Molly, Stephanie and I left bright and early on Saturday morning and walked to the Cheltenham bus station to board our National Express Coach. Three hours later we pulled into the coach station. We were a little disoriented when we walked out of the station and it took a while (and a few wrong turns) to get us going the right way... whichever way that was. We didn't have any specific plans for the day (other than wanting to see EVERYTHING), but we needed to find our hostel and check in.
But there were a few things that happened to impede our path, like a big building where the ruling monarch lives (or something like that), a mini-parade, a huge park, a white marble arch and a lot of big red buses. (not to mention confusing street signs)
First stop: Buckingham Palace.

Apparently the queen wasn't there that day. We later learned that if she's there, there will be another flag underneath the national flag atop the palace. Only one flag today. We didn't get the chance to see the changing of the guard, either... later we found out that we probably would have seen it if we stayed longer. But it was cold!

I have actually seen the palace before-- inside and out! On my first trip to England, almost 12 years ago, we went on a tour. Buckingham Palace is only open to the public during August and September. From there, we managed to find our way to Hyde Park; our hostel was just north of there.

on the
way, we passed this on the street. I don't know what it is, or who they are, but they're women and they stopped traffic and that was worth seeing in itself.

So, we stumbled through Hyde Park (which, might I add, is a little more than a walk in the park. It's beautiful, but it is huuuuggeee). While stopped on the edge of the park, all three of us examining our maps, a man with a boy stopped by us and said "Do you need directions?" It was an American voice! We said we were pretty sure where we were going since we just needed to get through the park (or, I said it, I guess I spoke for everyone...) but it was very nice of him to ask. Either he overheard us talking, or we really looked like Americans, which is more likely. We had a few other "American spottings" over the weekend, some welcome and others not so welcome. Sometimes you hate to claim the same home country as some people...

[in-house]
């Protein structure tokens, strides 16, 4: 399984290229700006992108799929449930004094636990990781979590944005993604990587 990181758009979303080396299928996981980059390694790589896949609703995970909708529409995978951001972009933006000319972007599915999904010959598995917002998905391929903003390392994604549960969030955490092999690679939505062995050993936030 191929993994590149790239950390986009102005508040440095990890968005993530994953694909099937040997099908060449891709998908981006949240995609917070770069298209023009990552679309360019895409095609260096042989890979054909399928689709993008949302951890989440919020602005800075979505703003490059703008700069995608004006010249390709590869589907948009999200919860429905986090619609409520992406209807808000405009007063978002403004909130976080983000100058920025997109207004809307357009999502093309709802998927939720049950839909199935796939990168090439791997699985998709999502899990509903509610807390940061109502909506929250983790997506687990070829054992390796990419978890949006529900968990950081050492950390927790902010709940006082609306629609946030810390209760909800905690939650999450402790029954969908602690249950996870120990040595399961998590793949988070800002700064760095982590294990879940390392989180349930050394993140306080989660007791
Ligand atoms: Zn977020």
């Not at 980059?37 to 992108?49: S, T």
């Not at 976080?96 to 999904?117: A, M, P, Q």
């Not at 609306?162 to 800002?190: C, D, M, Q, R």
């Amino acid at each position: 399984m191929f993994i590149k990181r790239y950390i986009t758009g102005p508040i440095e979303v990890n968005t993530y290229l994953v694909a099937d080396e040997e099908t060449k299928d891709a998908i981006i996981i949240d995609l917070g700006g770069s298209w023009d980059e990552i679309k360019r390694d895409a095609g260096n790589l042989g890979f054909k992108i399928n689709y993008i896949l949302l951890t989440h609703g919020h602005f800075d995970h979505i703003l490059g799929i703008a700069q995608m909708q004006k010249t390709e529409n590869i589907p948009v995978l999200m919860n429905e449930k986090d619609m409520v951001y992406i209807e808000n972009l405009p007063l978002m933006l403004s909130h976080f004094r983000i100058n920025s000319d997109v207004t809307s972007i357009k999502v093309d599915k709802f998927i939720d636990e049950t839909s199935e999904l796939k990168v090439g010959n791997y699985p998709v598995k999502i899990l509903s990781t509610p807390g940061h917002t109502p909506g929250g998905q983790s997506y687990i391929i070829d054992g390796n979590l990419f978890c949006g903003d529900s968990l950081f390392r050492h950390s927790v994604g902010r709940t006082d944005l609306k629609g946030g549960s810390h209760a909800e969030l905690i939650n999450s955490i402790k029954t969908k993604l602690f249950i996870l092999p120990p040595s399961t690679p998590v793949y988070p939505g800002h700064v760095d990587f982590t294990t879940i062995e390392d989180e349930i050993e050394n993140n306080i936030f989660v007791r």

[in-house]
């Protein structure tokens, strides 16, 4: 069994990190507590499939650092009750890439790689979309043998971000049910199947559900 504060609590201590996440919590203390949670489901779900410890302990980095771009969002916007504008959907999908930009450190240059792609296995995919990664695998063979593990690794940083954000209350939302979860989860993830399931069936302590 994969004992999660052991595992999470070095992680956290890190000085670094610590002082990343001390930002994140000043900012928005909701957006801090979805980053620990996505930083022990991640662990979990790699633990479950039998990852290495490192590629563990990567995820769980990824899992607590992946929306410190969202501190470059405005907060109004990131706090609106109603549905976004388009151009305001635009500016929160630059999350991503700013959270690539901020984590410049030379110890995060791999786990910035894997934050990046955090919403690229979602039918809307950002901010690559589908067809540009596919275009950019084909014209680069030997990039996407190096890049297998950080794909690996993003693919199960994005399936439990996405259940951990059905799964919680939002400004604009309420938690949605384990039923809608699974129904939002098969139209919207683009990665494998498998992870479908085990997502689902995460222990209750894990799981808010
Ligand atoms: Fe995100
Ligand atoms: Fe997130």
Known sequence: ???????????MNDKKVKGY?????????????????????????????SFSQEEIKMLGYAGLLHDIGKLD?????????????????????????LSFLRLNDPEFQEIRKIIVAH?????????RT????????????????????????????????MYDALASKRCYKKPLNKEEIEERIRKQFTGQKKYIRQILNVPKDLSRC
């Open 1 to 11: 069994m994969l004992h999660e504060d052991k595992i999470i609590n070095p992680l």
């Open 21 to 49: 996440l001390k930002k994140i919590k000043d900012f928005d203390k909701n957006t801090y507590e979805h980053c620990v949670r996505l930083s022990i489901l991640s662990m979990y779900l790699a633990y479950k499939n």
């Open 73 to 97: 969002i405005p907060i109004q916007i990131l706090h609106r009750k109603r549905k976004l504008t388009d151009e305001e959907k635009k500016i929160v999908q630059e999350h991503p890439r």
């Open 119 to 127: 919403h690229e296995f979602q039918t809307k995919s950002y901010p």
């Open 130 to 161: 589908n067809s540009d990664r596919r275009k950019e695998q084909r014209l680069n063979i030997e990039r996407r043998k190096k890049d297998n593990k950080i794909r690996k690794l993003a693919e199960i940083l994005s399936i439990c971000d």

Eventually we found the road where our hostel was supposed to be.... and then stopped for lunch at a little pub called "The Swan." All three of us ordered hamburgers.
The Swan was probably the first place where I realized how international the city really is. Maybe that would seem obvious. But hearing all the different languages at that pub was just a taste of the culture I would savor throughout my time in London (as short as it may be).

A few more blocks down Bayswater Road and we finally reached our hostel. We checked in, received our linens and climbed the stairs to our room. It seemed pretty decent... even if it was my first stay in a hostel.
We were exhausted already! Between waking up early and walking around all day, and having full stomachs we were all ready for a nap!
So we made our beds and relaxed for a bit (or as much as you can relax in a hostel, anyway). We examined a couple tour bus flyers we picked up on the way. The night before we left for London, we asked British-American advisor & liazon Andy (see below) what our best strategy would be to get the most from our weekend, and he suggested the tour bus.
We opted for the bus that stopped nearest to our hostel. And oh boy were we full fledged tourists on that beast.

The top deck has a nice view, great for picture-taking and getting an overall feel for the city-- the wind blowing through your hair... I bet it's nice in the summer. But not in 30-degree weather! (that's Farenheit.) It was a very cold weekend. Cold and windy. Kind of felt like Chicago.

We were bundled up all weekend. But the sun was out here and there, and it didn't rain. Two days in London without rain; I guess I can't complain.

At the end of the weekend we decided that the tour bus was a good idea. Our ticket was good for 48 hours from the time we bought it, and we could hop on and off at any of the stops whenever we wanted. Pretty convenient. It hit most of the London hot-spots (except Shakespeare's Globe, much to my dismay) and even had a historical narrative via headphones. So we got to learn a lot about the history of places we might have otherwise overlooked. For instance, the church where poet Robert Browning was married; the church where Oscar Wilde was married; the famous Baker Street (Sherlock Holmes anyone?); Abbey Road (Beatles' recording studio); and one of our personal favorites, the church whose steeple inspired the tiered wedding cake!